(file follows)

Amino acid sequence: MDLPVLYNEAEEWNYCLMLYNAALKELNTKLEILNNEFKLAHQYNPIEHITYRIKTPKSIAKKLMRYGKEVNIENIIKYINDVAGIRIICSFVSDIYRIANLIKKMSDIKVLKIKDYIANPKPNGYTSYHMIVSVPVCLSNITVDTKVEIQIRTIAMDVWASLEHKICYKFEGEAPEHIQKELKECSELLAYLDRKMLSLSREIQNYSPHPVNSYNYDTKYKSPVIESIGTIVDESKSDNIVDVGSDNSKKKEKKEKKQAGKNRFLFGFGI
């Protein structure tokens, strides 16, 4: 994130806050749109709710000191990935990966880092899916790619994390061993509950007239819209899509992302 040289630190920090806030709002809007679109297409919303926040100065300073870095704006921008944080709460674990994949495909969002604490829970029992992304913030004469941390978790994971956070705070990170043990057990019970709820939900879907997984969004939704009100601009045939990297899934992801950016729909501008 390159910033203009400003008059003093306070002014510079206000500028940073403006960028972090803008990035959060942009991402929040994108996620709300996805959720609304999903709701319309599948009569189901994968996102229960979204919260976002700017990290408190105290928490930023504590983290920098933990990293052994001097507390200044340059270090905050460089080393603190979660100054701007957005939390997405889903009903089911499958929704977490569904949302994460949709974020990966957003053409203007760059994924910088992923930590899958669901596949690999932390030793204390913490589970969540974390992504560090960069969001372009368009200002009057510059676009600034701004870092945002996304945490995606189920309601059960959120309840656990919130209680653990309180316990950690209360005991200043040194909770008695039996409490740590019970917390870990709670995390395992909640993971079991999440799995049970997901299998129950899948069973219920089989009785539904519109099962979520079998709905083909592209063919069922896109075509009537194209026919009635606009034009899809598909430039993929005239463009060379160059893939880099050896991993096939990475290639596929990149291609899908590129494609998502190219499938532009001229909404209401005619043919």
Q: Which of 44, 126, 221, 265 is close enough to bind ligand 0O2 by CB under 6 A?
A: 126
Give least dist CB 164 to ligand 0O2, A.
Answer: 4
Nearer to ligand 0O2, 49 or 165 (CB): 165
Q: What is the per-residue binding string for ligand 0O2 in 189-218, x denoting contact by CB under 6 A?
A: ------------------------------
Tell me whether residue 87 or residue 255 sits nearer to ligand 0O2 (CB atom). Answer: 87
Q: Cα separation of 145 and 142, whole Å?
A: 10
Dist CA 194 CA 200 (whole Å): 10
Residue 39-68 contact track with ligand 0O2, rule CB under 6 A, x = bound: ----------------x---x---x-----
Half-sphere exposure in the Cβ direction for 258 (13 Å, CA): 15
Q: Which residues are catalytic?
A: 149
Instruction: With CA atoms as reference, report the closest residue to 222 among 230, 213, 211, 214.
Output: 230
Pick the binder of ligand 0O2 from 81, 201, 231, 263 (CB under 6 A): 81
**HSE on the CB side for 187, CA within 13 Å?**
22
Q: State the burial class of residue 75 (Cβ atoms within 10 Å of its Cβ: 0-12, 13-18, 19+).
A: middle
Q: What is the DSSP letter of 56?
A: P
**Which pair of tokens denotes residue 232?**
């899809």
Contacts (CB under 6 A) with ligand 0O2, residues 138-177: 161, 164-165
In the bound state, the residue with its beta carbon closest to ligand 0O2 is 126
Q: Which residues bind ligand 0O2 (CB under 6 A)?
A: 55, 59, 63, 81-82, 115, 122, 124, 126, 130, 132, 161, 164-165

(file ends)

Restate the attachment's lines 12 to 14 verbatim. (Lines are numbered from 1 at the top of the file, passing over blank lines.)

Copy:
A: 10
Dist CA 194 CA 200 (whole Å): 10
Residue 39-68 contact track with ligand 0O2, rule CB under 6 A, x = bound: ----------------x---x---x-----